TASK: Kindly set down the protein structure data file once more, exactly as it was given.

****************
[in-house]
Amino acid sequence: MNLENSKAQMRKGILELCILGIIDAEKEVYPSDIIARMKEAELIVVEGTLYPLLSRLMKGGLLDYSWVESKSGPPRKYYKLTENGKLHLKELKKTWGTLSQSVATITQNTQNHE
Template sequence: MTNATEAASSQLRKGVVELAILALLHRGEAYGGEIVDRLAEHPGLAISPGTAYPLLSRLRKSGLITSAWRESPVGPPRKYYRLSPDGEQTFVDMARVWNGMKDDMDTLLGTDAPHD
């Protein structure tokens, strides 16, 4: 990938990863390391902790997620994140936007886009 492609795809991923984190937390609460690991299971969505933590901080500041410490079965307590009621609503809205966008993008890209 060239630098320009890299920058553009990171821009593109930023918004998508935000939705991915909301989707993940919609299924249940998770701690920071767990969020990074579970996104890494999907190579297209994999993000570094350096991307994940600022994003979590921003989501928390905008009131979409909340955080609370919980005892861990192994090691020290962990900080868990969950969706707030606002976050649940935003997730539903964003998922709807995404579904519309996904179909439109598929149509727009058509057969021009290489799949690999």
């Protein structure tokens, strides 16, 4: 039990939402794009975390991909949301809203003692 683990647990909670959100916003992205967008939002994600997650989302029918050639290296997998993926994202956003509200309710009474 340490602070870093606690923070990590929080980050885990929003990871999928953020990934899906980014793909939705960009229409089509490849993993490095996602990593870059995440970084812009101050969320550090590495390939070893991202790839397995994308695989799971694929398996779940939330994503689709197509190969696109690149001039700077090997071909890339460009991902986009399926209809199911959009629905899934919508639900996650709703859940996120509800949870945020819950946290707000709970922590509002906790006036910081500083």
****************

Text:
[in-house]
Amino acid sequence: MNLENSKAQMRKGILELCILGIIDAEKEVYPSDIIARMKEAELIVVEGTLYPLLSRLMKGGLLDYSWVESKSGPPRKYYKLTENGKLHLKELKKTWGTLSQSVATITQNTQNHE
Template sequence: MTNATEAASSQLRKGVVELAILALLHRGEAYGGEIVDRLAEHPGLAISPGTAYPLLSRLRKSGLITSAWRESPVGPPRKYYRLSPDGEQTFVDMARVWNGMKDDMDTLLGTDAPHD
């Protein structure tokens, strides 16, 4: 990938990863390391902790997620994140936007886009 492609795809991923984190937390609460690991299971969505933590901080500041410490079965307590009621609503809205966008993008890209 060239630098320009890299920058553009990171821009593109930023918004998508935000939705991915909301989707993940919609299924249940998770701690920071767990969020990074579970996104890494999907190579297209994999993000570094350096991307994940600022994003979590921003989501928390905008009131979409909340955080609370919980005892861990192994090691020290962990900080868990969950969706707030606002976050649940935003997730539903964003998922709807995404579904519309996904179909439109598929149509727009058509057969021009290489799949690999």
């Protein structure tokens, strides 16, 4: 039990939402794009975390991909949301809203003692 683990647990909670959100916003992205967008939002994600997650989302029918050639290296997998993926994202956003509200309710009474 340490602070870093606690923070990590929080980050885990929003990871999928953020990934899906980014793909939705960009229409089509490849993993490095996602990593870059995440970084812009101050969320550090590495390939070893991202790839397995994308695989799971694929398996779940939330994503689709197509190969696109690149001039700077090997071909890339460009991902986009399926209809199911959009629905899934919508639900996650709703859940996120509800949870945020819950946290707000709970922590509002906790006036910081500083």